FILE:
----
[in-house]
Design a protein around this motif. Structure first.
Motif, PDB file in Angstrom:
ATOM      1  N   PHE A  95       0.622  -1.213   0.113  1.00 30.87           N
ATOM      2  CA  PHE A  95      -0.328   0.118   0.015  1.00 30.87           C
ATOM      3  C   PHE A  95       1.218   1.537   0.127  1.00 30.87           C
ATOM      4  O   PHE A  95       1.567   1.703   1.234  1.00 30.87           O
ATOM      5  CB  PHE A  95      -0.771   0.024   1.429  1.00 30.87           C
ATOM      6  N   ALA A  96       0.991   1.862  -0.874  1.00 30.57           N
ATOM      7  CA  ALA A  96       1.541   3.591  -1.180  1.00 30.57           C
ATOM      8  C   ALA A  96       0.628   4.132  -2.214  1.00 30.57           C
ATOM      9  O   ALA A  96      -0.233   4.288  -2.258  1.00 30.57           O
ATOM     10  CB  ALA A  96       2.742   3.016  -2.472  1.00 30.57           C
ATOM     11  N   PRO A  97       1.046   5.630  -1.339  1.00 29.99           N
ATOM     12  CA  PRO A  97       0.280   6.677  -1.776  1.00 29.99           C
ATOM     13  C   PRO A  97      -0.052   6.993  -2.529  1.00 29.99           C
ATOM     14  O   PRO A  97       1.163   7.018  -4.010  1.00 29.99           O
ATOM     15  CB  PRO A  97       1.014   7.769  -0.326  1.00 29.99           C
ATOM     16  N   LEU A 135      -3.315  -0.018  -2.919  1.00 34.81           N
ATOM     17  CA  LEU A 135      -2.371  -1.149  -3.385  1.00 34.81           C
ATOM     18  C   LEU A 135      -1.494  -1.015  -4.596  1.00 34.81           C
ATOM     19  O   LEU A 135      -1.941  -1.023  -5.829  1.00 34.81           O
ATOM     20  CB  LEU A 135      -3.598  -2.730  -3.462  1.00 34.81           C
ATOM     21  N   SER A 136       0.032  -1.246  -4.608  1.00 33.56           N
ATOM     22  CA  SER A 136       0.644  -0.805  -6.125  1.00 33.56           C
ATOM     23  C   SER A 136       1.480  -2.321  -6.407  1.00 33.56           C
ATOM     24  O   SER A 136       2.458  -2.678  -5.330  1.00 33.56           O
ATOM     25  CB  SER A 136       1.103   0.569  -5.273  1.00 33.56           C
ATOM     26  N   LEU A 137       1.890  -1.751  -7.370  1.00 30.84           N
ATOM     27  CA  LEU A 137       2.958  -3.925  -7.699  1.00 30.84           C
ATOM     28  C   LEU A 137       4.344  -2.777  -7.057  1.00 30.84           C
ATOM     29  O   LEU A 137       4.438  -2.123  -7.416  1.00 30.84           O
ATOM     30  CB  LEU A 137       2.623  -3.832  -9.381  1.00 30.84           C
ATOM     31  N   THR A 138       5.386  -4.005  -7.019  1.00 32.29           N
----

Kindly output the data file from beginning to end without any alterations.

[in-house]
Design a protein around this motif. Structure first.
Motif, PDB file in Angstrom:
ATOM      1  N   PHE A  95       0.622  -1.213   0.113  1.00 30.87           N
ATOM      2  CA  PHE A  95      -0.328   0.118   0.015  1.00 30.87           C
ATOM      3  C   PHE A  95       1.218   1.537   0.127  1.00 30.87           C
ATOM      4  O   PHE A  95       1.567   1.703   1.234  1.00 30.87           O
ATOM      5  CB  PHE A  95      -0.771   0.024   1.429  1.00 30.87           C
ATOM      6  N   ALA A  96       0.991   1.862  -0.874  1.00 30.57           N
ATOM      7  CA  ALA A  96       1.541   3.591  -1.180  1.00 30.57           C
ATOM      8  C   ALA A  96       0.628   4.132  -2.214  1.00 30.57           C
ATOM      9  O   ALA A  96      -0.233   4.288  -2.258  1.00 30.57           O
ATOM     10  CB  ALA A  96       2.742   3.016  -2.472  1.00 30.57           C
ATOM     11  N   PRO A  97       1.046   5.630  -1.339  1.00 29.99           N
ATOM     12  CA  PRO A  97       0.280   6.677  -1.776  1.00 29.99           C
ATOM     13  C   PRO A  97      -0.052   6.993  -2.529  1.00 29.99           C
ATOM     14  O   PRO A  97       1.163   7.018  -4.010  1.00 29.99           O
ATOM     15  CB  PRO A  97       1.014   7.769  -0.326  1.00 29.99           C
ATOM     16  N   LEU A 135      -3.315  -0.018  -2.919  1.00 34.81           N
ATOM     17  CA  LEU A 135      -2.371  -1.149  -3.385  1.00 34.81           C
ATOM     18  C   LEU A 135      -1.494  -1.015  -4.596  1.00 34.81           C
ATOM     19  O   LEU A 135      -1.941  -1.023  -5.829  1.00 34.81           O
ATOM     20  CB  LEU A 135      -3.598  -2.730  -3.462  1.00 34.81           C
ATOM     21  N   SER A 136       0.032  -1.246  -4.608  1.00 33.56           N
ATOM     22  CA  SER A 136       0.644  -0.805  -6.125  1.00 33.56           C
ATOM     23  C   SER A 136       1.480  -2.321  -6.407  1.00 33.56           C
ATOM     24  O   SER A 136       2.458  -2.678  -5.330  1.00 33.56           O
ATOM     25  CB  SER A 136       1.103   0.569  -5.273  1.00 33.56           C
ATOM     26  N   LEU A 137       1.890  -1.751  -7.370  1.00 30.84           N
ATOM     27  CA  LEU A 137       2.958  -3.925  -7.699  1.00 30.84           C
ATOM     28  C   LEU A 137       4.344  -2.777  -7.057  1.00 30.84           C
ATOM     29  O   LEU A 137       4.438  -2.123  -7.416  1.00 30.84           O
ATOM     30  CB  LEU A 137       2.623  -3.832  -9.381  1.00 30.84           C
ATOM     31  N   THR A 138       5.386  -4.005  -7.019  1.00 32.29           N